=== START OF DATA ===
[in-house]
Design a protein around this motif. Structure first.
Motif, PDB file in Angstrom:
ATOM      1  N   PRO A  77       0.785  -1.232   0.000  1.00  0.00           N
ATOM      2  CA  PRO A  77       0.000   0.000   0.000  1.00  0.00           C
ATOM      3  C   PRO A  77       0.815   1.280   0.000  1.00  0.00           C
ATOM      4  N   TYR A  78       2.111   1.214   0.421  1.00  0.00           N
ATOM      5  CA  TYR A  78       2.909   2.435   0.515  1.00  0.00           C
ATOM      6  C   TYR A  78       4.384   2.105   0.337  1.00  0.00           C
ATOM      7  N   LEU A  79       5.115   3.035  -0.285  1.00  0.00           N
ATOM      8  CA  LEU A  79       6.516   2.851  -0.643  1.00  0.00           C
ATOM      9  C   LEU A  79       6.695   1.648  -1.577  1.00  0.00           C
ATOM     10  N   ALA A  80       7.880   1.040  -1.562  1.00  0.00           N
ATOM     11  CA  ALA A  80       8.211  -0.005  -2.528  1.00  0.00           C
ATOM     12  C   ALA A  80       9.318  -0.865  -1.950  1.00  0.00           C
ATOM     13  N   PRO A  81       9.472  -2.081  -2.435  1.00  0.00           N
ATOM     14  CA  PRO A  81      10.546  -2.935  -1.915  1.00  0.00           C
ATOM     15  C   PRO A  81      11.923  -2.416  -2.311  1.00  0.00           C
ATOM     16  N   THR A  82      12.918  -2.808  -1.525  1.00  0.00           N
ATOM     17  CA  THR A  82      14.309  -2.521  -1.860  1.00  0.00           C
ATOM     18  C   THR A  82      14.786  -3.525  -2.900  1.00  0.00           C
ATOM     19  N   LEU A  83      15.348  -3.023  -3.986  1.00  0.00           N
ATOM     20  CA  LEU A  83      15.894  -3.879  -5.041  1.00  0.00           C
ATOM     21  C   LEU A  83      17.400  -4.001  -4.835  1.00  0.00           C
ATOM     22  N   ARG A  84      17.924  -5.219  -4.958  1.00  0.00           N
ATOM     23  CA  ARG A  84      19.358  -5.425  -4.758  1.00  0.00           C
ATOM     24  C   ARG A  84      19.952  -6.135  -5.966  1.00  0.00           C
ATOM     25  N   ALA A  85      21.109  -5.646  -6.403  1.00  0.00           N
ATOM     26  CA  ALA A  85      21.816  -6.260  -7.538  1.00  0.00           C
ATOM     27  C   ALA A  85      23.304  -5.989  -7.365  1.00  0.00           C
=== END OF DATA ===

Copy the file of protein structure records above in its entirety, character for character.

[in-house]
Design a protein around this motif. Structure first.
Motif, PDB file in Angstrom:
ATOM      1  N   PRO A  77       0.785  -1.232   0.000  1.00  0.00           N
ATOM      2  CA  PRO A  77       0.000   0.000   0.000  1.00  0.00           C
ATOM      3  C   PRO A  77       0.815   1.280   0.000  1.00  0.00           C
ATOM      4  N   TYR A  78       2.111   1.214   0.421  1.00  0.00           N
ATOM      5  CA  TYR A  78       2.909   2.435   0.515  1.00  0.00           C
ATOM      6  C   TYR A  78       4.384   2.105   0.337  1.00  0.00           C
ATOM      7  N   LEU A  79       5.115   3.035  -0.285  1.00  0.00           N
ATOM      8  CA  LEU A  79       6.516   2.851  -0.643  1.00  0.00           C
ATOM      9  C   LEU A  79       6.695   1.648  -1.577  1.00  0.00           C
ATOM     10  N   ALA A  80       7.880   1.040  -1.562  1.00  0.00           N
ATOM     11  CA  ALA A  80       8.211  -0.005  -2.528  1.00  0.00           C
ATOM     12  C   ALA A  80       9.318  -0.865  -1.950  1.00  0.00           C
ATOM     13  N   PRO A  81       9.472  -2.081  -2.435  1.00  0.00           N
ATOM     14  CA  PRO A  81      10.546  -2.935  -1.915  1.00  0.00           C
ATOM     15  C   PRO A  81      11.923  -2.416  -2.311  1.00  0.00           C
ATOM     16  N   THR A  82      12.918  -2.808  -1.525  1.00  0.00           N
ATOM     17  CA  THR A  82      14.309  -2.521  -1.860  1.00  0.00           C
ATOM     18  C   THR A  82      14.786  -3.525  -2.900  1.00  0.00           C
ATOM     19  N   LEU A  83      15.348  -3.023  -3.986  1.00  0.00           N
ATOM     20  CA  LEU A  83      15.894  -3.879  -5.041  1.00  0.00           C
ATOM     21  C   LEU A  83      17.400  -4.001  -4.835  1.00  0.00           C
ATOM     22  N   ARG A  84      17.924  -5.219  -4.958  1.00  0.00           N
ATOM     23  CA  ARG A  84      19.358  -5.425  -4.758  1.00  0.00           C
ATOM     24  C   ARG A  84      19.952  -6.135  -5.966  1.00  0.00           C
ATOM     25  N   ALA A  85      21.109  -5.646  -6.403  1.00  0.00           N
ATOM     26  CA  ALA A  85      21.816  -6.260  -7.538  1.00  0.00           C
ATOM     27  C   ALA A  85      23.304  -5.989  -7.365  1.00  0.00           C